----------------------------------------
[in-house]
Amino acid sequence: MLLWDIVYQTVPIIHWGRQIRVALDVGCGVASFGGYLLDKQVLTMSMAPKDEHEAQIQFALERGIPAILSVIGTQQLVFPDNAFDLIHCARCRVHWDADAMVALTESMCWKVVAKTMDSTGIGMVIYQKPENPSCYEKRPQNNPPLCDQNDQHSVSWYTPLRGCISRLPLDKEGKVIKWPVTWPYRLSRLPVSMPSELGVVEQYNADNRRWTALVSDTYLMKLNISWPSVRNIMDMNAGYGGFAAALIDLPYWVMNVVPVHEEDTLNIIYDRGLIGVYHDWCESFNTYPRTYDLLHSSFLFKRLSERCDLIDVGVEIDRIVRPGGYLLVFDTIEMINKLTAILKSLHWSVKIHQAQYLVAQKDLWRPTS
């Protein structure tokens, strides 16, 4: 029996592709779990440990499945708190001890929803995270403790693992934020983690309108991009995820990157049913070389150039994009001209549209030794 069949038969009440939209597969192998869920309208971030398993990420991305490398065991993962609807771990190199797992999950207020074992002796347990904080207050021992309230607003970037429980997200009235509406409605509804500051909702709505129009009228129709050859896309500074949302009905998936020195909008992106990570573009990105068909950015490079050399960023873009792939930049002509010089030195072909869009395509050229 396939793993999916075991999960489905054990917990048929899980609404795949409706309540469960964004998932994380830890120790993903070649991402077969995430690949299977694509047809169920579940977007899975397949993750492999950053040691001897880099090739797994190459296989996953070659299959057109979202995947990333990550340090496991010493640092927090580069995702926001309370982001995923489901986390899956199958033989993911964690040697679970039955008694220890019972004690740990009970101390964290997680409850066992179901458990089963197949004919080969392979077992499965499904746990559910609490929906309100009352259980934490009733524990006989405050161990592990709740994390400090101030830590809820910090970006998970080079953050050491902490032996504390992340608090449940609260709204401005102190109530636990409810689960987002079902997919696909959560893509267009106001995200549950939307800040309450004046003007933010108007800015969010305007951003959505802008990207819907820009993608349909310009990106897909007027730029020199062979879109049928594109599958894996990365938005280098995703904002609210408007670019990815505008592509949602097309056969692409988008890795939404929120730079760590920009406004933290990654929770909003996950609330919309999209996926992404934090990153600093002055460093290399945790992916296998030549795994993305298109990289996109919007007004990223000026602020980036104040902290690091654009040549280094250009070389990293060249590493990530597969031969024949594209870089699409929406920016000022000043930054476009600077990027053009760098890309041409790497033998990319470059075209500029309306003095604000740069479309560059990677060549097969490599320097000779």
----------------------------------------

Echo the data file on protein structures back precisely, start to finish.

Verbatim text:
[in-house]
Amino acid sequence: MLLWDIVYQTVPIIHWGRQIRVALDVGCGVASFGGYLLDKQVLTMSMAPKDEHEAQIQFALERGIPAILSVIGTQQLVFPDNAFDLIHCARCRVHWDADAMVALTESMCWKVVAKTMDSTGIGMVIYQKPENPSCYEKRPQNNPPLCDQNDQHSVSWYTPLRGCISRLPLDKEGKVIKWPVTWPYRLSRLPVSMPSELGVVEQYNADNRRWTALVSDTYLMKLNISWPSVRNIMDMNAGYGGFAAALIDLPYWVMNVVPVHEEDTLNIIYDRGLIGVYHDWCESFNTYPRTYDLLHSSFLFKRLSERCDLIDVGVEIDRIVRPGGYLLVFDTIEMINKLTAILKSLHWSVKIHQAQYLVAQKDLWRPTS
């Protein structure tokens, strides 16, 4: 029996592709779990440990499945708190001890929803995270403790693992934020983690309108991009995820990157049913070389150039994009001209549209030794 069949038969009440939209597969192998869920309208971030398993990420991305490398065991993962609807771990190199797992999950207020074992002796347990904080207050021992309230607003970037429980997200009235509406409605509804500051909702709505129009009228129709050859896309500074949302009905998936020195909008992106990570573009990105068909950015490079050399960023873009792939930049002509010089030195072909869009395509050229 396939793993999916075991999960489905054990917990048929899980609404795949409706309540469960964004998932994380830890120790993903070649991402077969995430690949299977694509047809169920579940977007899975397949993750492999950053040691001897880099090739797994190459296989996953070659299959057109979202995947990333990550340090496991010493640092927090580069995702926001309370982001995923489901986390899956199958033989993911964690040697679970039955008694220890019972004690740990009970101390964290997680409850066992179901458990089963197949004919080969392979077992499965499904746990559910609490929906309100009352259980934490009733524990006989405050161990592990709740994390400090101030830590809820910090970006998970080079953050050491902490032996504390992340608090449940609260709204401005102190109530636990409810689960987002079902997919696909959560893509267009106001995200549950939307800040309450004046003007933010108007800015969010305007951003959505802008990207819907820009993608349909310009990106897909007027730029020199062979879109049928594109599958894996990365938005280098995703904002609210408007670019990815505008592509949602097309056969692409988008890795939404929120730079760590920009406004933290990654929770909003996950609330919309999209996926992404934090990153600093002055460093290399945790992916296998030549795994993305298109990289996109919007007004990223000026602020980036104040902290690091654009040549280094250009070389990293060249590493990530597969031969024949594209870089699409929406920016000022000043930054476009600077990027053009760098890309041409790497033998990319470059075209500029309306003095604000740069479309560059990677060549097969490599320097000779």